I WILL be embedding the videos I create on this blog, though, so please check them out and let me know what you think.  And if you have ideas for videos, let me know that too!   Just click on the picture at the bottom of today’s post to watch the video.

Now, on to today’s ColorPlay…. 🙂



For today’s painting I chose a Triadic color scheme of red-violet, blue-green, and yellow-orange in a variety of values.

Triad of red-violet, blue-green, and yellow-orange

The reason for my choices were two-fold.

First, I don’t typically like working with triads.  I could never explain exactly why, but I think I may have figured it out!

We’ve all seen preschool rooms painted in bright, primary colors of red, blue, and yellow.  
Well, I never liked that color scheme…it seemed garish to me.  BUT….

Take those same primary colors and gray them down, and voila!  You have a completely different look!

So that’s the approach I took with today’s painting, only instead of using Primary colors (red/blue/yellow), I used versions of violet/green/orange, aka Secondary colors.


The second reason for choosing a Triadic color scheme is to create Colorful Grays!  This is the technique I show in the video at the bottom of this post.

Most people think of “gray” as a non-color somewhere between black and white.

But that can be pretty boring and dull-looking in an otherwise colorful painting. That’s where triads come in.

Any time you mix three colors which are approximately equidistant on the color wheel, you will get what is called “muddy” color.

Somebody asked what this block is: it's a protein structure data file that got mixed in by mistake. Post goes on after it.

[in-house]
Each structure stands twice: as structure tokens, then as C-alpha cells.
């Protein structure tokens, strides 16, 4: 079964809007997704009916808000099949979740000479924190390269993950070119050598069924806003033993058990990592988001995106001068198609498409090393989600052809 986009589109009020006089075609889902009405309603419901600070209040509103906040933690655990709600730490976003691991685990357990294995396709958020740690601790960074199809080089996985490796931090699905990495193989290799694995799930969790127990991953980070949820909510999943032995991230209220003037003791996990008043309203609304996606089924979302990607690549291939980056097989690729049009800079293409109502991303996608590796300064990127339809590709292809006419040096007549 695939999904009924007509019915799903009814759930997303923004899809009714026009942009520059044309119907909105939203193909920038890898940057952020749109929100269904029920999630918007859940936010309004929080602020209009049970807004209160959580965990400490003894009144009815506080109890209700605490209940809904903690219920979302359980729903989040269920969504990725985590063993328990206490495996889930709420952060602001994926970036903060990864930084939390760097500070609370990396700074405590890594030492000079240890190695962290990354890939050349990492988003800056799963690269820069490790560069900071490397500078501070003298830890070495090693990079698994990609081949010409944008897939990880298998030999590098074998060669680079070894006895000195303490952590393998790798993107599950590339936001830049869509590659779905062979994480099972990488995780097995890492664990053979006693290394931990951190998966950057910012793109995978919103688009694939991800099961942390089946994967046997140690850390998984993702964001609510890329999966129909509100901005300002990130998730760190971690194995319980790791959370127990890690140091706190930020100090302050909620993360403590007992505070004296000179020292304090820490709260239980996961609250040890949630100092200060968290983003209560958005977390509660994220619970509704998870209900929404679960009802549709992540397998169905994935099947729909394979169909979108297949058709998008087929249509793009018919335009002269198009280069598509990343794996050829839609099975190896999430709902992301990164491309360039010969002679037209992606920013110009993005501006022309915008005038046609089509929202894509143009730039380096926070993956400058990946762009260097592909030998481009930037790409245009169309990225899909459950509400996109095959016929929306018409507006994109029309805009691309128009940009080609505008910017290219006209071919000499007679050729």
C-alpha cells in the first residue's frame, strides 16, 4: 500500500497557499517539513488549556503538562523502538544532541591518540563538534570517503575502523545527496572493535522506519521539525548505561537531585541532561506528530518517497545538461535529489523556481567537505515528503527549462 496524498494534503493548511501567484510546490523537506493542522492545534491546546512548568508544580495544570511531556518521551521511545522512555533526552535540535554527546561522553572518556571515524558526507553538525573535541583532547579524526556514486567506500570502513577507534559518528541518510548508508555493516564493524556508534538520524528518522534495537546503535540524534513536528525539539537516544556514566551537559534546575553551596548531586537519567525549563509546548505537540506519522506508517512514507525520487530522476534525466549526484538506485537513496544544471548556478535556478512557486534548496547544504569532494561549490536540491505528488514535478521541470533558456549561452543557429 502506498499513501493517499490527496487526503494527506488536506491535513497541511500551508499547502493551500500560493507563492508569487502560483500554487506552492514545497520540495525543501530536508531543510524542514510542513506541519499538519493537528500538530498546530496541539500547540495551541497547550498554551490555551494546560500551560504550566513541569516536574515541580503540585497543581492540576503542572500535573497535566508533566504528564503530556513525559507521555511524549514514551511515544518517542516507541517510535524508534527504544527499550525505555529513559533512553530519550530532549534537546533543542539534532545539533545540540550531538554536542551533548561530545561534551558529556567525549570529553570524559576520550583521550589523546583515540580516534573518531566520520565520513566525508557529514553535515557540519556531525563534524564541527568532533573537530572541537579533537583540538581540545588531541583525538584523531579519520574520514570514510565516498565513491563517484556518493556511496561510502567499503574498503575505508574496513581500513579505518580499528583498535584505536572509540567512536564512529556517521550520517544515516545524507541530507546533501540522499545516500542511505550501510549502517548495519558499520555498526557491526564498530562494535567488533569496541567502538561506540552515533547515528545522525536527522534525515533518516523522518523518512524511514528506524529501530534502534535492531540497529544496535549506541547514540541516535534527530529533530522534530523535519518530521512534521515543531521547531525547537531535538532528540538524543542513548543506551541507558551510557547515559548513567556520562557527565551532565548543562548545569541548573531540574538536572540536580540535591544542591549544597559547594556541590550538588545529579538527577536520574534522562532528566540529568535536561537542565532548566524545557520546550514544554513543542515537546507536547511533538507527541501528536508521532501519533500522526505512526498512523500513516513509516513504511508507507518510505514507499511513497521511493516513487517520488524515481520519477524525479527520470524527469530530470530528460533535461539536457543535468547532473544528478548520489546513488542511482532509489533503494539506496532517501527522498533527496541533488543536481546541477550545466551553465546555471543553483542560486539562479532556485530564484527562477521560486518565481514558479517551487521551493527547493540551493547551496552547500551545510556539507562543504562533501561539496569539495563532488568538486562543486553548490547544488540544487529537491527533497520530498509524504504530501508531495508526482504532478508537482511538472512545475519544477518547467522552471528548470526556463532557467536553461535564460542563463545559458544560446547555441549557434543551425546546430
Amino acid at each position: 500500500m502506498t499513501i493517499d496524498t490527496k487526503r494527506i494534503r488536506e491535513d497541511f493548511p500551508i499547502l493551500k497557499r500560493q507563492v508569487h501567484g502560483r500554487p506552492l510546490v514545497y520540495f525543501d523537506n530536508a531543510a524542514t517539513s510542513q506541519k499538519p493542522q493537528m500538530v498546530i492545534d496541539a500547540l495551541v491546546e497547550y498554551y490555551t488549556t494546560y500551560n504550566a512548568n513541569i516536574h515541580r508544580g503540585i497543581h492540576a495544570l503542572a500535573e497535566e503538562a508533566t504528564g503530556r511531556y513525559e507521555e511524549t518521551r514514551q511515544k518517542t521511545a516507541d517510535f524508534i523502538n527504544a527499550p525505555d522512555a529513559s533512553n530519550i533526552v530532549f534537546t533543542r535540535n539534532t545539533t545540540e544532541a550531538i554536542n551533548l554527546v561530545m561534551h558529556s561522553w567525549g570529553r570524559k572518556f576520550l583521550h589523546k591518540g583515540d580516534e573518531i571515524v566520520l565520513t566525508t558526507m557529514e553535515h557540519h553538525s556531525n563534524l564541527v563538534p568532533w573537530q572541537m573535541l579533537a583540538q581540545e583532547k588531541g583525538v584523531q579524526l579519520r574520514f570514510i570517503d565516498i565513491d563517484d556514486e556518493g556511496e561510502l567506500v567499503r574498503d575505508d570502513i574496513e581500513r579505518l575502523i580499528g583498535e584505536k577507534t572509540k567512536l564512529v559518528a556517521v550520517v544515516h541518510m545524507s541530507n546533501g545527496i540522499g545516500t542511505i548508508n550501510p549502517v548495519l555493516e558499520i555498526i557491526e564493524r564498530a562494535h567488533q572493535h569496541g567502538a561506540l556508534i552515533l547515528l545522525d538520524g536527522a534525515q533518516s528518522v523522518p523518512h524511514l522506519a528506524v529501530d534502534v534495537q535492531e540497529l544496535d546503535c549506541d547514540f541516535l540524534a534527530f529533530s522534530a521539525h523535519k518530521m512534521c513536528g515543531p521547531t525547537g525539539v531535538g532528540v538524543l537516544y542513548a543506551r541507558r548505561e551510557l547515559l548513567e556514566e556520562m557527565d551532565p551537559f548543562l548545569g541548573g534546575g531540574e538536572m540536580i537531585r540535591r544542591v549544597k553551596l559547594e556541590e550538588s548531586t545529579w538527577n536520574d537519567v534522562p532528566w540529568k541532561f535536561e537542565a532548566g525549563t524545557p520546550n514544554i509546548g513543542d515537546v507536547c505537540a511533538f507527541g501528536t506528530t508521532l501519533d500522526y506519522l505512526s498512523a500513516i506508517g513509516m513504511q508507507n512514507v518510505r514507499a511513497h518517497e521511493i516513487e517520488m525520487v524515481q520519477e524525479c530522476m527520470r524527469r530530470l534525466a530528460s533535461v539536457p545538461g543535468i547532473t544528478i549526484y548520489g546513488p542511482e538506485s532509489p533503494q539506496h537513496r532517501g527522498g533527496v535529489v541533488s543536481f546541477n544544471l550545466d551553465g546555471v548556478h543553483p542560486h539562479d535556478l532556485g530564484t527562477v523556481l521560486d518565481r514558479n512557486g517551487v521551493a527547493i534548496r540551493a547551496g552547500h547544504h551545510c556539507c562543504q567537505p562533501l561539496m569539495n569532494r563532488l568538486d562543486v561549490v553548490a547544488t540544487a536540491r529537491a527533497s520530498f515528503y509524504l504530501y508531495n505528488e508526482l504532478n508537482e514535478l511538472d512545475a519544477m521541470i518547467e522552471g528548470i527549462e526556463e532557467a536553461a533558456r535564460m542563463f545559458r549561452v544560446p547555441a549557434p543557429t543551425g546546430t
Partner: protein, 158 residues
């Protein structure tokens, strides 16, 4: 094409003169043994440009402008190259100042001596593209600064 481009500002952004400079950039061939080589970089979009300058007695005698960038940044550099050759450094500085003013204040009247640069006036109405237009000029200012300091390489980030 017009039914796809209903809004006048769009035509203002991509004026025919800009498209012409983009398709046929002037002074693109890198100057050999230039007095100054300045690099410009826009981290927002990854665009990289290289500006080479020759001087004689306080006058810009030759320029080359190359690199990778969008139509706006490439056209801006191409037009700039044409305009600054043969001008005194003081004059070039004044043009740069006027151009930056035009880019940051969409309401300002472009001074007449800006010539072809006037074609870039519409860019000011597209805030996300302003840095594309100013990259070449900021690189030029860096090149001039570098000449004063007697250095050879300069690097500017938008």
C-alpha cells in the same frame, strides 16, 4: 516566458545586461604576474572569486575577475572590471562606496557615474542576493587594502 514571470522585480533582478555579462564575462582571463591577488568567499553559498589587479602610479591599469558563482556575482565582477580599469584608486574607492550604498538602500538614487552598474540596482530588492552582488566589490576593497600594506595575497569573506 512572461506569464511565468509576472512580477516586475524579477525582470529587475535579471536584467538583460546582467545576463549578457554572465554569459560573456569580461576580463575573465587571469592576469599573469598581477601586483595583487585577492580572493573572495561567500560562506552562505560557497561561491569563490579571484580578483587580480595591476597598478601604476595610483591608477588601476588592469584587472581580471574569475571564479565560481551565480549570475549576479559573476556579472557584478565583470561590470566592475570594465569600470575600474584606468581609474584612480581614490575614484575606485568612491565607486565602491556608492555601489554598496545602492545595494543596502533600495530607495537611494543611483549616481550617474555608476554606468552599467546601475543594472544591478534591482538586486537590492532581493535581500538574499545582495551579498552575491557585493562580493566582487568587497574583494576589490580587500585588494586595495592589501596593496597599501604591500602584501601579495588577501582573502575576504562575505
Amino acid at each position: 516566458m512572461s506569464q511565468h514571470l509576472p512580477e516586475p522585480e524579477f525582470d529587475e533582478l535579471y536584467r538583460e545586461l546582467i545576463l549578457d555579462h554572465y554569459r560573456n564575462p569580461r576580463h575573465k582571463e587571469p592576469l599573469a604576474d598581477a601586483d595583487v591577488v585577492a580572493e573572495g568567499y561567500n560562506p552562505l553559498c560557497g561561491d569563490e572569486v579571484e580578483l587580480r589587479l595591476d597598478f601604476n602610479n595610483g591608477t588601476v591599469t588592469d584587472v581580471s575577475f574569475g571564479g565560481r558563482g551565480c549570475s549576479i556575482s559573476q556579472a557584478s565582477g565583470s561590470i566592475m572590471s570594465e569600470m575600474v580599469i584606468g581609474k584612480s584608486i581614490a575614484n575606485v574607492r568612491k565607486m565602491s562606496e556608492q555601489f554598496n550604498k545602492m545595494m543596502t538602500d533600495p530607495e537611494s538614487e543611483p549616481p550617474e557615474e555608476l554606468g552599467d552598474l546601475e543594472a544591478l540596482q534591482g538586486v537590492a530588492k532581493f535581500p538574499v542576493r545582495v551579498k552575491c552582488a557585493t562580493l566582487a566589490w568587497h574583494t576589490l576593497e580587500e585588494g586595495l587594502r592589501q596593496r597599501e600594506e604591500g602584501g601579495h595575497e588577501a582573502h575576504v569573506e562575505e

Most of the time, painters try to avoid making mud!  

But there are times when we want our colors to be muddy (grayed down or neutralized).  (Note: You can also achieve neutral colors by mixing opposite colors on the color wheel, but they are not as colorful.)

Here is an example of what I am talking about.

Secondary (left); Primary (right)

You can see the individual colors which make up the swatches above.  The more times I apply each layer, the more the pastels will mix themselves and the more “gray” they become.  

It’s easier to see this with the swatches on the right using primary colors in different values.

Here is another example:  I LOVE the gray achieved with the bottom swatch…. 🙂



Using Canson Touch sanded pastel paper in mid-tone gray




Colorful grays were used in this painting—especially in the background trees and sky.


Check out the video below to see how I created different grays.

Phew!!  Well, that’s it for now.  

Thanks so much to you all for taking time to read my blog!  It means a lot!!!

Please feel free to comment with your thoughts and ideas about this or other posts, or my YouTube endeavor.

And until next time….stay creative and colorful!


Posted in studio tip

Organizing Your Soft Pastels

When it comes to painting with pastels, organization is key.  Some people keep their pastels in their original foam-lined boxes and then proceed to spread out all those boxes on a table when it’s time to paint.

Me?  I solved that issue in my last post by creating a studio box that gets left out permanently and is ready to go when I am.

Now that all my pastels are in one nifty container, how does one put all those colors into some recognizable and usable order???

Well, there are a few ways.  Many artists have a separate compartment for each hue (color), and then within that compartment the sticks are placed from light to dark value.  They may also separate the hues into warm or cool sections, saturated or neutral, etc.  

I find the boxes of these painters absolutely GORGEOUS to look at…like eye candy!